If you think my reading is far fetched, consider what happened when the press reported last week that Martin had delayed consideration of the Adelphia transaction at the request of the Applicants. Before jumping to conclusions, allow me to share a recent (as in last week) story. Last week, Martin held his first press conference following the FCC’s open meeting. It was widely reported that, in response to a question about the timing of the Adelphia transaction, Martin replied that Time Warner and Comcast had asked him to wait until the Senate had confirmed Robert McDowell as 5th Commissioner (thus giving Martin a Republican majority to approve the merger with minimal conditions).

If this had been the case, it would have been a violation of the rule requiring all communications with agency staff on a merger go into the public record (called the “Ex Parte” rules). So we wrote a letter to the FCC asking them to investigate whether such a request was made and, if so, whether a violation of the rules occured. This prompted Broadcasting and Cable to print the full exchange, which was a lot more ambiguous. Martin was asked about Adelphia and responded that while he could not comment on specific mergers, the FCC was generally sensitive to the needs of applicants to see things resolved quickly and worked to ensure that applicants were comfortable with the pace of review. This was followed by the Applicants sending this reply saying that they had never made any such request and MAP were idiots to file stuff based on what they read in the trades.

So how did Martin’s statement morph into what was reported? Because rumors have been flying that the Applicants want to wait for a fifth Commissioner. So when Martin made his comments, the press corp projected meaning on it like the proverbial ink blot. Worse, the trade press were nuanced, the general press playing from the trade press were less nuanced, and the blogosphere unuanced. So “we try to make sure parties are comfortable with the pace of the process” becomes “TW and Comcast asked us to hold off so we can ram something through 3-2.”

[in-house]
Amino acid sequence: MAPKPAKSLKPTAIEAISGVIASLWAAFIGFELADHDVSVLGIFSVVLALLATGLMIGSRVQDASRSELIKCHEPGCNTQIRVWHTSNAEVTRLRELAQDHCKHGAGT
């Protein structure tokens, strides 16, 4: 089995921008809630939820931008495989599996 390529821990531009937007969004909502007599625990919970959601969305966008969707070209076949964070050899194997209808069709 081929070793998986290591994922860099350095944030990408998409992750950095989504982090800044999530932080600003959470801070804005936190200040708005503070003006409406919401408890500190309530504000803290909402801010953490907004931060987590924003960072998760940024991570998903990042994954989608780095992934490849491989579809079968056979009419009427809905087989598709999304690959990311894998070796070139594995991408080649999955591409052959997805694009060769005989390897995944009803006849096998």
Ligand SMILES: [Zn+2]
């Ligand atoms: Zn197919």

Given the ambiguities of “tiering” and Martin’s comments about subscribers “getting what they pay for,” I am not so sure what Martin actually said. I wouldn’t be surprised if he supports Whitacre tiering — its consitent with his deregulatory approach — but I wouldn’t say the case is settled either.

Stay tuned . . .


  1. I appreciate the subtlety involved in trying to distinguish fact from projection in such things, particularly as it relates to ex parte communication.

    In our fight against the private powerline monopoly in our state (see http://wiresafewisconsin.org) we’ve discovered that:
    1. The Bad Guys have filed a project application with the state Public Service Commission. We (the people effected by the project) are not allowed to discuss the application with the investigators working for the commission because the application has not yet been formally accepted by the commission. In the mean time, The Bad Guys do get to discuss every aspect of their application with the investigators.
    2. We’re NEVER alllowed to have any contact at all with the three Commissioners who will actually make the decision. This supposedly applies to everyone except the commission investigators who will advise the Commissioners that make the decision (and who are are now getting an earful from the Bad Guys). However…
    3. One of the three Comissioners has a twin brother who is a very senior employee of The Bad Guys.
    4. The fine for violating the ex parte rules here is $300. This is on $3.4B of powerline construction before the commission.

    This is like Kafka! In this kind of environment, it is extremely tempting to look upon any shred of information as proof of duplicity. How on earth are we ever going to get anything other than shreds of shadows of rumour about what is surely going on?

  2. Harold:

    I really appreciate your dedication to fairness and reality-based reporting. And I’m glad that MAP is there to keep things honest. Or, at least to provide some impetus to keep things honest.

    As Howard points out, without some impetus to keep things honest, when the Bad Guys have all the power and billions of dollars at stake, one has no particular reason to believe that things will be kept honest.